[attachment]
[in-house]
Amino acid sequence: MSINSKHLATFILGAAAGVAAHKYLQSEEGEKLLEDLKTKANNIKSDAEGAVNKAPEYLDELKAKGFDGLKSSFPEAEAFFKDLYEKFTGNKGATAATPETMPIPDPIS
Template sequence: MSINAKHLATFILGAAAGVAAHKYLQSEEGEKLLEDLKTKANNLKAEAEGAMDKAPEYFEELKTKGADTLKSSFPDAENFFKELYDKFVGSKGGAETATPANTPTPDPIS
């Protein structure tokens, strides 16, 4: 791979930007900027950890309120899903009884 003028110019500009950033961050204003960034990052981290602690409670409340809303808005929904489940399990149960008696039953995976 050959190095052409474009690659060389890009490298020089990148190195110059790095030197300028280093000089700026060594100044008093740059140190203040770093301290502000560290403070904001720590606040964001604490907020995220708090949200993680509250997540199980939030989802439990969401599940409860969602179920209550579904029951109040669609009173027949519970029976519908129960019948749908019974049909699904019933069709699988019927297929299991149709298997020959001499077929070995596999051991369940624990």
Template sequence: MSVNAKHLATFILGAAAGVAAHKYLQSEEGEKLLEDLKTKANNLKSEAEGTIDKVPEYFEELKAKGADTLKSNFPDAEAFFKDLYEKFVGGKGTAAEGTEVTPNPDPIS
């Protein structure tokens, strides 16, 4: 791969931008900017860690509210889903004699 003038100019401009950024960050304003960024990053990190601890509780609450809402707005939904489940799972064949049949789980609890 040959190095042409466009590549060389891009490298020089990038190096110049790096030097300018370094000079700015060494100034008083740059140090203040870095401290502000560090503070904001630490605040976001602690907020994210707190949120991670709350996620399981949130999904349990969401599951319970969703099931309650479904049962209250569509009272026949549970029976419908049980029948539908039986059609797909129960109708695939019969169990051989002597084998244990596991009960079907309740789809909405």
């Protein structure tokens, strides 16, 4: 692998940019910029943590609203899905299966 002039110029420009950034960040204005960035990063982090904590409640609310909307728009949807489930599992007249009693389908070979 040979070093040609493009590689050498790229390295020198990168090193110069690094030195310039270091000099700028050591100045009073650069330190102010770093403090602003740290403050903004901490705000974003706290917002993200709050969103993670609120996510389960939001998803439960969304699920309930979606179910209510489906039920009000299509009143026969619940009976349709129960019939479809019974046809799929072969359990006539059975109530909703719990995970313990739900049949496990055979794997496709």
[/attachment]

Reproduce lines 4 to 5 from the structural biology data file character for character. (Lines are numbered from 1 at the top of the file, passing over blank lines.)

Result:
């Protein structure tokens, strides 16, 4: 791979930007900027950890309120899903009884 003028110019500009950033961050204003960034990052981290602690409670409340809303808005929904489940399990149960008696039953995976 050959190095052409474009690659060389890009490298020089990148190195110059790095030197300028280093000089700026060594100044008093740059140190203040770093301290502000560290403070904001720590606040964001604490907020995220708090949200993680509250997540199980939030989802439990969401599940409860969602179920209550579904029951109040669609009173027949519970029976519908129960019948749908019974049909699904019933069709699988019927297929299991149709298997020959001499077929070995596999051991369940624990």
Template sequence: MSVNAKHLATFILGAAAGVAAHKYLQSEEGEKLLEDLKTKANNLKSEAEGTIDKVPEYFEELKAKGADTLKSNFPDAEAFFKDLYEKFVGGKGTAAEGTEVTPNPDPIS